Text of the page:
Main Menu
Join Undercurrent on Facebook

The Private, Exclusive Guide for Serious Divers Since 1975 | |
For Divers since 1975
The Private, Exclusive Guide for Serious Divers Since 1975
"Best of the Web: scuba tips no other
source dares to publish" -- Forbes
January 2019    Download the Entire Issue (PDF) Available to the Public Vol. 45, No. 1   RSS Feed for Undercurrent Issues
What's this?

No Abalone Diving in California Until at Least 2021

from the January, 2019 issue of Undercurrent   Subscribe Now

It's more bad news for California's abalone divers: Already having missed a whole season in 2018, they won't be able to go again for at least two more years. Last month, the California Fish and Game Commission (CFGC) decided to keep the state's recreational abalone fishery closed through April 2021 to give the shellfish population a chance to bounce back. They based the decision on low density surveys from key sites along the North Coast.

The season is usually open from April to November for recreational diving north of San Francisco, but has been limited in recent years and was closed completely last year. The trouble really began with the El Niño of 2014-16, which sparked extreme environmental conditions for coastal environments: a massive kelp die-off and exploding numbers of purple sea urchins, which compete with abalone to eat the bull kelp left the slow-growing sea snails starving and not reproducing. Last year, the CFGC changed the rules to allow recreational divers to take up to 20 gallons of purple sea urchins a day from the waters off Sonoma and Mendocino Counties to see if that would help in the recovery of the bull kelp and abalone. (In one case, experienced divers used a vacuum device to suck the creatures from the ocean floor.)

A group of avid abalone divers has generally expressed support for the continued closure, but some have asked that a small number be allowed to fish to continue collecting data -- and to keep the sport alive. Lifelong abalone diver, Steve Rebuck of San Luis Obispo, criticizes the CFGC for not taking more action sooner, like when the abalone density surveys indicated that the population was dropping in 2012, partly due to an algal bloom that killed a lot of them the year before. "It was clear it was a problem," Rebuck told the San Francisco Chronicle. "The department didn't really address it correctly, in my opinion. They wanted to keep the fishery open."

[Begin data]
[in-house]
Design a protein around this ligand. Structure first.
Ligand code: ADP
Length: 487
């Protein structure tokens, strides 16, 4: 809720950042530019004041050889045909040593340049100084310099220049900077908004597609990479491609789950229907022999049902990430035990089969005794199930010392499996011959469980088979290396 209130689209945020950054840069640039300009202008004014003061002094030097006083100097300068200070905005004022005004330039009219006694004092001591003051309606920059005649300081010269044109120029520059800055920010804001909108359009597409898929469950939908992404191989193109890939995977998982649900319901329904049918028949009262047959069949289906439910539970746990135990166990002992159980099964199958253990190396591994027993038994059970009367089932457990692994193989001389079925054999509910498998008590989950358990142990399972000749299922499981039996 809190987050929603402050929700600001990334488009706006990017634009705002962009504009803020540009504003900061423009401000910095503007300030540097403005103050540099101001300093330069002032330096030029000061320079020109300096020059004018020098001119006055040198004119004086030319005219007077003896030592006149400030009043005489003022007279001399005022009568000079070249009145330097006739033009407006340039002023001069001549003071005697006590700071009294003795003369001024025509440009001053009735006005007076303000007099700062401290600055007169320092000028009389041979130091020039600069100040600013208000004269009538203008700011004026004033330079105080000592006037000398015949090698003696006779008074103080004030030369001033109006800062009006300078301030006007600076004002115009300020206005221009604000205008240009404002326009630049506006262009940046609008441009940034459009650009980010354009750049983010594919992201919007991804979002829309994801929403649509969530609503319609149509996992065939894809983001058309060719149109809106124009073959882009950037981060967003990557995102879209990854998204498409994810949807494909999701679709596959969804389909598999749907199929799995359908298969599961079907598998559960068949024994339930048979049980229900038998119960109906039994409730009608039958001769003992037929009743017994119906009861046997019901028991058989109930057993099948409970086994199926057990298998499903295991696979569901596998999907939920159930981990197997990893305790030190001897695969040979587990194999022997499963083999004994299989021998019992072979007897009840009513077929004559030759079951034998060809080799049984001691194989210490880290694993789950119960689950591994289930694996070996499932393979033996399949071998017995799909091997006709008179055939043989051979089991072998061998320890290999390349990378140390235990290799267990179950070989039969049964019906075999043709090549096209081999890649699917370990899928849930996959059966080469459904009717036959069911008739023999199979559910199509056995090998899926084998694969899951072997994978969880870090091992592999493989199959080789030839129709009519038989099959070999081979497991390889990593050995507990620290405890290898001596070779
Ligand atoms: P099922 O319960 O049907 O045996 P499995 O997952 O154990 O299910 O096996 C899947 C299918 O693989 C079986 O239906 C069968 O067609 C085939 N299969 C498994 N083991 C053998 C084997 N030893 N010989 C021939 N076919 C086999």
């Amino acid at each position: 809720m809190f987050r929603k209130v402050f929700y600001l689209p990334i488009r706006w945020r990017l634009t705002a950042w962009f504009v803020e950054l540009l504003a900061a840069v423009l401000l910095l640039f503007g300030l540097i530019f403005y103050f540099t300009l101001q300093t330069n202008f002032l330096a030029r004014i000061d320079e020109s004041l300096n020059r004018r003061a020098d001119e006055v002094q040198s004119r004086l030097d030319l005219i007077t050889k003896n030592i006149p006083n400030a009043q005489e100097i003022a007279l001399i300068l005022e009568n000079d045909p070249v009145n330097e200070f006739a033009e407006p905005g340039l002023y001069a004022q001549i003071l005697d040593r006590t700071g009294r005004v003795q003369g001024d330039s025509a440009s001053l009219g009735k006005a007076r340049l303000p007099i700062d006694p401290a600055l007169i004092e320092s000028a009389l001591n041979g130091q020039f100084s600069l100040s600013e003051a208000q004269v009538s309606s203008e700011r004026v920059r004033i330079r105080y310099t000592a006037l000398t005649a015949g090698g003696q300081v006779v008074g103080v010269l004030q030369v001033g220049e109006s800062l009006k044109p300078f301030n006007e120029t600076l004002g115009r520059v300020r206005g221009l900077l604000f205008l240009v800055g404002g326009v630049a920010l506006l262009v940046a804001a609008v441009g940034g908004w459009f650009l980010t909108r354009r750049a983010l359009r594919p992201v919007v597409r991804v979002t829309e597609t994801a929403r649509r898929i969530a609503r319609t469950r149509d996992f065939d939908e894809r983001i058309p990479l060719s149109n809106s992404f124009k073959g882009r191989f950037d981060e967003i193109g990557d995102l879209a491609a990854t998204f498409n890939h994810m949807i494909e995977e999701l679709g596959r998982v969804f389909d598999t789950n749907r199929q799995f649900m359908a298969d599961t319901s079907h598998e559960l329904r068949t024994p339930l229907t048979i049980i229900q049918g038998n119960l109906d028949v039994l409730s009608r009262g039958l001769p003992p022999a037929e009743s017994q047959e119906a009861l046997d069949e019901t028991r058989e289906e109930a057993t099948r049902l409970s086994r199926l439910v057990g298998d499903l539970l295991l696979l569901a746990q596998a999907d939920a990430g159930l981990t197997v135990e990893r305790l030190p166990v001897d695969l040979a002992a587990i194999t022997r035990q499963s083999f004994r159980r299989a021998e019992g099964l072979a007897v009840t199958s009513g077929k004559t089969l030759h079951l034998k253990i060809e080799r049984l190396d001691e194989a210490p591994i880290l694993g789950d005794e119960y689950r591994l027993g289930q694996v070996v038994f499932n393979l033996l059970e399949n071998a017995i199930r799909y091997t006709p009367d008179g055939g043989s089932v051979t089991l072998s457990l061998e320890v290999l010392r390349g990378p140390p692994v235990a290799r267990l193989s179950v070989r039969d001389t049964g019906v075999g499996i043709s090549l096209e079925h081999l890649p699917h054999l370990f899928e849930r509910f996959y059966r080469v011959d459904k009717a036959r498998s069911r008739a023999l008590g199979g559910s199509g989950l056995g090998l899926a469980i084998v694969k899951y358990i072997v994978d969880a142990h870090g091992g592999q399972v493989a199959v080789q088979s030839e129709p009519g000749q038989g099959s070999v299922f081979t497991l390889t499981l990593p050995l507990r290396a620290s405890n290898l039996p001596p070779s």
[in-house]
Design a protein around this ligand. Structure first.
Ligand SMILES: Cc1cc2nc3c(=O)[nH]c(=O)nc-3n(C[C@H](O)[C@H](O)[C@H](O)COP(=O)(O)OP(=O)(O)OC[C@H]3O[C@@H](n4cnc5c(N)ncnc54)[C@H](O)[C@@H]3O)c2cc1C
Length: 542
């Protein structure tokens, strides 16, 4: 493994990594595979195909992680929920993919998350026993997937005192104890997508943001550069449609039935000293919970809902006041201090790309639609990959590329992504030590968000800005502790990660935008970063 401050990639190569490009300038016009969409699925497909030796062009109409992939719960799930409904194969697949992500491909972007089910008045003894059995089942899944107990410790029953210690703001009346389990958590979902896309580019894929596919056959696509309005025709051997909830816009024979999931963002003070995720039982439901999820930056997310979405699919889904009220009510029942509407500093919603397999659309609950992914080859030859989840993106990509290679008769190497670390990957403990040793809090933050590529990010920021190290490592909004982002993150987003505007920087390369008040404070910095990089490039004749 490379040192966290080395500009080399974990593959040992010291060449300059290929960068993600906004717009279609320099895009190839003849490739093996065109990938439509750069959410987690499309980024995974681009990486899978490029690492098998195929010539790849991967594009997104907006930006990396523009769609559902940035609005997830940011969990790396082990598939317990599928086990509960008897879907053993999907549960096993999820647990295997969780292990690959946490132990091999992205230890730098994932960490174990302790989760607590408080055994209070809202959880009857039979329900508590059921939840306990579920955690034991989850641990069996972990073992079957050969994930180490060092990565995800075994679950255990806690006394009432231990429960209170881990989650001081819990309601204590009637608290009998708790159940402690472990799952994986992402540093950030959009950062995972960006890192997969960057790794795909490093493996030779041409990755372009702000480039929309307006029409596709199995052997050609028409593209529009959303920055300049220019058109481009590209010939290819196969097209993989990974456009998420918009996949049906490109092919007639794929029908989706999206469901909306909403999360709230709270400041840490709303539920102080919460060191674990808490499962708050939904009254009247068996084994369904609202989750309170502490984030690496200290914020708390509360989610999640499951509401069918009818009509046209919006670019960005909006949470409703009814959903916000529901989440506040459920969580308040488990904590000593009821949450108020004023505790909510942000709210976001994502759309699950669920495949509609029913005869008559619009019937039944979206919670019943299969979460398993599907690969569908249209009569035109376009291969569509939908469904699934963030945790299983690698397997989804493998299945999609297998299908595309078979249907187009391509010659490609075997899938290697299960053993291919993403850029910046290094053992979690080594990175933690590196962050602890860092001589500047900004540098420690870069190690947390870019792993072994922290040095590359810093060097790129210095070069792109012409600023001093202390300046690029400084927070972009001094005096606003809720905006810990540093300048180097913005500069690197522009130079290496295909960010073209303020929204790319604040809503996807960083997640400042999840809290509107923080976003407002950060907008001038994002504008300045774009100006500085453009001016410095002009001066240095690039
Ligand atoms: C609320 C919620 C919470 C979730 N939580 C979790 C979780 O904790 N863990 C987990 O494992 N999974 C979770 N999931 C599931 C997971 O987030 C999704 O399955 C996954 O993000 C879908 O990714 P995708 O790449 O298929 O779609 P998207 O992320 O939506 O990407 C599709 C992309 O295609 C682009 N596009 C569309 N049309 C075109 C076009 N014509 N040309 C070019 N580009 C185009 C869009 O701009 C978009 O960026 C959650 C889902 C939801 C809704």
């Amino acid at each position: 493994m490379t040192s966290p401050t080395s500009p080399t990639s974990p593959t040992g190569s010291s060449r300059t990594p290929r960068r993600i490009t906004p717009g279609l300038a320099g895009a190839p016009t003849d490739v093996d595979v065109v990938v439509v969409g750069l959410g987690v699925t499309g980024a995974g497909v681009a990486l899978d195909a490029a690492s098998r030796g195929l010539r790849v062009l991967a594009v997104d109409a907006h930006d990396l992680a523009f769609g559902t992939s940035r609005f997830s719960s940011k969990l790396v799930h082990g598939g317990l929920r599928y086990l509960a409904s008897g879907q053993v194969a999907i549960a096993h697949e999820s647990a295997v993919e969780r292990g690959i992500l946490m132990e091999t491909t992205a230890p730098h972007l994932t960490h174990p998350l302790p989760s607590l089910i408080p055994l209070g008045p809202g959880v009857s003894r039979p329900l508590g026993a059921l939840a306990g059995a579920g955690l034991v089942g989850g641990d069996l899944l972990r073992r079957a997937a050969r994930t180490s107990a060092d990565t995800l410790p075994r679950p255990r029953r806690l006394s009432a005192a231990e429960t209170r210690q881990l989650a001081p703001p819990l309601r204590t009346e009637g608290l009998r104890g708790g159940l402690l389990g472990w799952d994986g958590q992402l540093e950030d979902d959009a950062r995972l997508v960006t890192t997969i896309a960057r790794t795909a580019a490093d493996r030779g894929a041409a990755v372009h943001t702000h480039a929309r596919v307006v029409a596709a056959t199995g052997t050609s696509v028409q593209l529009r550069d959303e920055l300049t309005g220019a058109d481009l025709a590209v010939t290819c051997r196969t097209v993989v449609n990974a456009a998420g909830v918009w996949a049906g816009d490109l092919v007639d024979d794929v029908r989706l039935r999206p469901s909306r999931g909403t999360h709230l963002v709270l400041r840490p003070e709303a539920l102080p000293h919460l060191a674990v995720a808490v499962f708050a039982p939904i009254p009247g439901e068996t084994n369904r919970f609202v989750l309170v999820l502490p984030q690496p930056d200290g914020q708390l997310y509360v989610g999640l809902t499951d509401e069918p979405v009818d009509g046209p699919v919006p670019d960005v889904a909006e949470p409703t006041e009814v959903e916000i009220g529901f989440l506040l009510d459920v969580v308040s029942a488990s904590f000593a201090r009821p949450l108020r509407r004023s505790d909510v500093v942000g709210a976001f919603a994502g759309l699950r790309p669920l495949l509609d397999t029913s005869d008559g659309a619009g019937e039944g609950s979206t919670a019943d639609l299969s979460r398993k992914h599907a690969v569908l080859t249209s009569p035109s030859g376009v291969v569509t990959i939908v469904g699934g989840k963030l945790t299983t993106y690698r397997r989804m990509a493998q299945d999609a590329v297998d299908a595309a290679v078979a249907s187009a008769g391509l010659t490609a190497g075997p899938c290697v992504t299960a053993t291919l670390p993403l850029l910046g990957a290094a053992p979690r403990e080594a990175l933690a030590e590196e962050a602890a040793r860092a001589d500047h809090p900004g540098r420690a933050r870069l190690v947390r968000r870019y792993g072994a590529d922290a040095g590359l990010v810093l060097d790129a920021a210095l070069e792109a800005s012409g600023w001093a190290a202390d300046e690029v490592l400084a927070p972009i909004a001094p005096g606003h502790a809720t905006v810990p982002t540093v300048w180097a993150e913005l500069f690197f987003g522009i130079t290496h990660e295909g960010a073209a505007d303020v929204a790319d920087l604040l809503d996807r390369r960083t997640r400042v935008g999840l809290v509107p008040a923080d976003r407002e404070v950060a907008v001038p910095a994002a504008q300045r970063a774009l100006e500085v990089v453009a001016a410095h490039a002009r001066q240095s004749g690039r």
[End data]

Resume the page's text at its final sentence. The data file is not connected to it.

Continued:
Abalone were once so abundant, San Franciscans plucked them from tide pools and cooked them on the beach. Overfishing caused the state to stop commercial fishing in 1997 and to allow only recreational fishing of the shellfish, and only north of the Golden Gate Bridge. Red abalone is the only species that can be fished now.

Abalone divers have been commiserating in Facebook groups about the continued closure of the wild fishery. A Sebastopol diver recently posted: "I am just an old abalone diver who is dreaming of getting some more abs before I die." Who knows when -- or if -- that will ever happen, as it's probably safe to say that Northern California abalone populations will never be as abundant as they once were.

I want to get all the stories! Tell me how I can become an Undercurrent Online Member and get online access to all the articles of Undercurrent as well as thousands of first hand reports on dive operations world-wide

Find in  

| Home | Online Members Area | My Account | Login | Join |
| Travel Index | Dive Resort & Liveaboard Reviews | Featured Reports | Recent Issues | Back Issues |
| Dive Gear Index | Health/Safety Index | Environment & Misc. Index | Seasonal Planner | Blogs | Free Articles | Book Picks | News |
| Special Offers | RSS | FAQ | About Us | Contact Us | Links |

Copyright © 1996-2024 Undercurrent (
3020 Bridgeway, Ste 102, Sausalito, Ca 94965
All rights reserved.